The quickest way would have been to follow the Eurovelo 6 (the bike path that we had cycled on for part of the ride from Budapest to Bratislava).As it once again just followed the levees along the River Danube I tried to avoid it for more fun alternatives.
As long as the track was heading west I didn’t care.
Along the way there were a number of beautiful palaces and castles to stop at, like the beautiful Habsburg Palace
Sadly, this was the closest that I got to it as now I was out of Eastern Europe and in cycling through Austria every place that I tried to visit on my way to Vienna had an entry fee of between 10 and 15 GBP.
As that is roughly my daily budget for this trip I couldn’t see myself visiting many castles during my ride through Austria.
Still, the beautiful scenery along the tracks I was following certainly made up for it
Around lunchtime I pulled over at a café for a beer and my first taste of Austrian food
Refreshed, it was time to finish the short ride to Vienna and headed back to find the River Danube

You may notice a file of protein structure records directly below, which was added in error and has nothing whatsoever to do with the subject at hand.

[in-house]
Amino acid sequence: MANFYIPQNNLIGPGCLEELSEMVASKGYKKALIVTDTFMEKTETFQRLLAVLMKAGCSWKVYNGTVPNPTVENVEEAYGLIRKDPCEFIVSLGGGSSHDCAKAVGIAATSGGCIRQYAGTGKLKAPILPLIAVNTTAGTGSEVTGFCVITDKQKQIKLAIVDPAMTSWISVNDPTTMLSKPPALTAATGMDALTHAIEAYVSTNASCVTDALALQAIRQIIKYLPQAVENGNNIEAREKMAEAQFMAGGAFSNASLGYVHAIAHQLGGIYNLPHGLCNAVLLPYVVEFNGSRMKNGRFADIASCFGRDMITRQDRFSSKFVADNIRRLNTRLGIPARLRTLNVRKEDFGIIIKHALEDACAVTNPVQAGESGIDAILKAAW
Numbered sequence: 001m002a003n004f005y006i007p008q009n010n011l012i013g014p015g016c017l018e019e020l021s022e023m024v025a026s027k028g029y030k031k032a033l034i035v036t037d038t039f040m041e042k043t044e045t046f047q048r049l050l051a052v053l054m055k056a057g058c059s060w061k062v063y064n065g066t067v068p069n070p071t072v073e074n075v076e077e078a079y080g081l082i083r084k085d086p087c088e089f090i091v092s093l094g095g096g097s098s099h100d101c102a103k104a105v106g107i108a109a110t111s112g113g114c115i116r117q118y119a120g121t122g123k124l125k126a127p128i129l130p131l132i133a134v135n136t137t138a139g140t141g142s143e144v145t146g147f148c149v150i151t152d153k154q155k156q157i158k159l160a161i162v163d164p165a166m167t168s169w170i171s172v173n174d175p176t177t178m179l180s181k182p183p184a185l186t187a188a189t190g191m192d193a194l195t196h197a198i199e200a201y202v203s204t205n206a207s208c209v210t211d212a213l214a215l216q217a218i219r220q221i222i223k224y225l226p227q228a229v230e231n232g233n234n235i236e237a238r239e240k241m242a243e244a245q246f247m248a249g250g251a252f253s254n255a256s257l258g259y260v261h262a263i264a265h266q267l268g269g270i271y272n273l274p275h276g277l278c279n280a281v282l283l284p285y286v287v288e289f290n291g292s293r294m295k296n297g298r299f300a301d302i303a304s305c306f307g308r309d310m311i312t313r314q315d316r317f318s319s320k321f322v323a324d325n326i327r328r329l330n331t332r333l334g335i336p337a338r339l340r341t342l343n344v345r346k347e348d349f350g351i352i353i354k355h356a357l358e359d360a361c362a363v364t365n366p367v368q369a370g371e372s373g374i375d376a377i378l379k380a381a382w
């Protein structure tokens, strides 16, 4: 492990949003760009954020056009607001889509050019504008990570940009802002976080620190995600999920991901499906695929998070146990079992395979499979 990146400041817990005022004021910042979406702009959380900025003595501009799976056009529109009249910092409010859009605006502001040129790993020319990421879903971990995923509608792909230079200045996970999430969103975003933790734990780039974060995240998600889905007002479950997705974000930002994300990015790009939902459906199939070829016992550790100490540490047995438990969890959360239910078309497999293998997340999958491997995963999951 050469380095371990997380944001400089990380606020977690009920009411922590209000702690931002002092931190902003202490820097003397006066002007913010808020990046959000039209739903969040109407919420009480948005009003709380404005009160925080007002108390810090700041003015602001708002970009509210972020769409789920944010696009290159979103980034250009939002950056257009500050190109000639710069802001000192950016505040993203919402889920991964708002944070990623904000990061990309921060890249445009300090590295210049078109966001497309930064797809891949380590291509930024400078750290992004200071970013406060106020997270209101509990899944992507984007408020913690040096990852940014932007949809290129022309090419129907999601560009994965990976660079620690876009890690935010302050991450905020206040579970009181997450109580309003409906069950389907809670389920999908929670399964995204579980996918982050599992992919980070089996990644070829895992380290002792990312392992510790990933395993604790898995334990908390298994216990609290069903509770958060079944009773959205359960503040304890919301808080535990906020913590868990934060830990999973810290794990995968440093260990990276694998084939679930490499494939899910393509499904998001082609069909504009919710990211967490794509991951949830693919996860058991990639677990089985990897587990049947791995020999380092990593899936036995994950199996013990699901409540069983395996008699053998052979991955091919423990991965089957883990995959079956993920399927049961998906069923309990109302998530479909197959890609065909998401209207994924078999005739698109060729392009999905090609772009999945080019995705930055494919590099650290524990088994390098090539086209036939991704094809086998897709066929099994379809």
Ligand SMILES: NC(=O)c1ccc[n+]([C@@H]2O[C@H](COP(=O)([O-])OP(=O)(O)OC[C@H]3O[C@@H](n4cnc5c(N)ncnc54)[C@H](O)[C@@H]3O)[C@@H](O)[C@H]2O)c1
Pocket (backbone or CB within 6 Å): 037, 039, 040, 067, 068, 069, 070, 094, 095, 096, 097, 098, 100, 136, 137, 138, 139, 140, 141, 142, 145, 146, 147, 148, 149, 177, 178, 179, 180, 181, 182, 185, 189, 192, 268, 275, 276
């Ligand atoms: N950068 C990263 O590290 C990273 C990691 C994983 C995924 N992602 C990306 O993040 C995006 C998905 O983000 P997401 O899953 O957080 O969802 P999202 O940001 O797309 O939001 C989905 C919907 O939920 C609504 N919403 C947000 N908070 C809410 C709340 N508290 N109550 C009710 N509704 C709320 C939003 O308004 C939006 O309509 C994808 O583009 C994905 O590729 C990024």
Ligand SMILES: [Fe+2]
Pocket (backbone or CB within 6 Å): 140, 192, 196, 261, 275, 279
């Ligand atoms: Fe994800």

I needed to get to the historical centre of Vienna and as it lay on the other side of the river my first job was to find a way across. From the map, it looked like my best option was to continue on the EV6 all the way into the city and use one of the 4 main bridges to cross.
As I cycled back next to the river I saw a floating cycle bridge that wasn’t on my mapThis would do but instead of taking me all the way across the river it only took me half way as once I had crossed I soon came to another river and it was then that I realised that I was actually on an island in the middle of the river.
Up ahead I could see a flood barrier and damand when I reached it there was a cycle path over the top of it, which I used to finish my crossing of the river.
Now that I was cycling on the exposed banks of the river the wind was doing it’s best to slow me down so I used the numerous cyclists along the path as wind breaksAs I didn’t have a SIM card for Austria just before I reached the historic centre I stopped at a hotelto use their wifi to and sent Cate and Pete, who I would be staying with in Vienna, a message to let them know I was about 20 minutes away.
As Cate and Pete’s flat was just to the west of the historic centre the ride there was pretty stunning